Statement from President Martha E. Pollack on White House rescission of DACA program
Dear Cornell Community,
Earlier today, the Trump Administration announced that the Deferred Action for Childhood Arrivals (DACA) program is being rescinded. This policy reversal, the enforcement of which we believe will be delayed for six months, puts our DACA students’ futures in jeopardy and, as such, is extremely troubling. As I wrote in my letter to President Trump last week, Cornell since its founding has been committed to diversity and inclusion, and DACA students are an integral part of our community. They were brought to this country before they had a choice in the matter, have grown up here, and are succeeding here despite significant challenges and obstacles. I believe they deserve a chance to fulfill their dreams, and this action has the potential to extinguish those dreams.
While the full implications of today’s announcement are not yet known, it appears that, absent congressional action, in six months DACA students will lose protections from deportation and permits to work in the United States. The order also severely restricts the movement of DACA students, who will no longer be able to re-enter the country should they leave. These are very real impacts. To each of our students who must now fear for their future, please know that Cornell stands with you.
I write today with the following commitments to our DACA students:
- Cornell will continue to vigilantly protect the privacy of student information and records from any unauthorized disclosure in accordance with the Family Educational Rights and Privacy Act (FERPA).
- While Cornell representatives, including the Cornell University Police Department, will comply with lawfully issued subpoenas and warrants, it is neither the university’s practice nor expectation to function as an agent of the federal government regarding enforcement of federal immigration laws.
- All currently enrolled undergraduate students who had DACA status will continue to be considered in the “domestic” financial aid pool (need-based, meeting full demonstrated need) for the remainder of their Cornell undergraduate program.
- Enrolled graduate students who had DACA status and receive funding through the university will continue to receive funding for the complete length of time offered in their admission letters (assuming satisfactory academic progress). If funded graduate students who had DACA status lose federal work authorization, fellowship funding (which does not require this authorization) will be provided to these students instead of an assistantship. I encourage graduate students with DACA status to contact Associate Dean Sara Hernandez (email@example.com) to begin making financial and other support arrangements.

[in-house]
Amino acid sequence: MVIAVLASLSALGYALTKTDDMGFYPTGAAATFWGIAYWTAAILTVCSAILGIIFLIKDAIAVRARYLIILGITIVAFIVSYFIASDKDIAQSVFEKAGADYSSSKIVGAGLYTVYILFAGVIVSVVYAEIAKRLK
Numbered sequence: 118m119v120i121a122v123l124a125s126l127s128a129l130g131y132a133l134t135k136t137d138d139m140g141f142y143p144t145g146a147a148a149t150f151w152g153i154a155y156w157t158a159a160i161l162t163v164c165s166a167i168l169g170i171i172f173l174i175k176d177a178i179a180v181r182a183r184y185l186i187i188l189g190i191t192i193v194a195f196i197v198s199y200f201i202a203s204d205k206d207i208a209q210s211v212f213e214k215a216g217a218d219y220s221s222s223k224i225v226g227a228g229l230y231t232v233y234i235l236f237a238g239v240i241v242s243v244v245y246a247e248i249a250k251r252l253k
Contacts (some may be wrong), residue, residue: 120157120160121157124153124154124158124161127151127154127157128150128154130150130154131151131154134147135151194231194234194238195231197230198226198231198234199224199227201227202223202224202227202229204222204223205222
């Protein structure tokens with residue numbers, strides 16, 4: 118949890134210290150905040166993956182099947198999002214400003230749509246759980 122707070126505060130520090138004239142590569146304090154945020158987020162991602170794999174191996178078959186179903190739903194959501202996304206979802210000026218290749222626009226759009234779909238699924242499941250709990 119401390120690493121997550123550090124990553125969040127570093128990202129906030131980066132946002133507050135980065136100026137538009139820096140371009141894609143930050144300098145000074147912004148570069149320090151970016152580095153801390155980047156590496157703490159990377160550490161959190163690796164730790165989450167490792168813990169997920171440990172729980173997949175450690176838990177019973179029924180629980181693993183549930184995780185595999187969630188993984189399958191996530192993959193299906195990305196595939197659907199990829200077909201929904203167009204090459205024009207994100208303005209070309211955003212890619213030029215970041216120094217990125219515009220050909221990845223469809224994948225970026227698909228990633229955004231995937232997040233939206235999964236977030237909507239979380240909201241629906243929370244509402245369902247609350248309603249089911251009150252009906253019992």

- Cornell will develop and administer programs to support undocumented students who would have qualified for DACA and who meet certain criteria, particularly having resided in the U.S. for a significant amount of time.
- Cornell will provide dedicated staff to support undocumented students.
- Dean of Students Vijay Pendakur will reconvene the Cornell Committee to Support Undocumented Students, comprising faculty, staff, and students, to advise leadership on this issue going forward.
- We will make on-campus housing options available for students who are concerned about traveling abroad during school breaks or the summer; those interested should contact Kristen Loparco at firstname.lastname@example.org for more information.
Importantly, we will continue to actively and aggressively engage federal policymakers in an effort to either reverse today’s order or secure a legislative remedy. We are urging the White House and our elected officials in Washington to support legislative proposals including (but not limited to) bipartisan legislation – the Bar Removal of Individuals who Dream and Grow our Economy (BRIDGE) Act, a stopgap measure that would allow DACA students a three-year window of protection and halt them from being deported.
Our commitment to Cornell University’s founding principles is unwavering. We support all our students in their quest to pursue their education and achieve their dreams.
Martha E. Pollack
For assistance and more information, Cornell offers several informational and counseling services and posts updates on immigration-related executive orders.
Cornell Law School has set up a program to provide free legal advice to undocumented Cornell students who may wish to consult with a lawyer about the implications of national immigration policy shifts for their immigration status. And a team of law school faculty offer legal assistance in the form of representation for DACA students for which a legal representation fund has been established. For assistance, contact email@example.com or call 607-254-4638.
Cornell students and scholars with concerns relating to immigration status can always contact the Office of the Vice Provost for International Affairs (firstname.lastname@example.org) or the Dean of Students Office (email@example.com).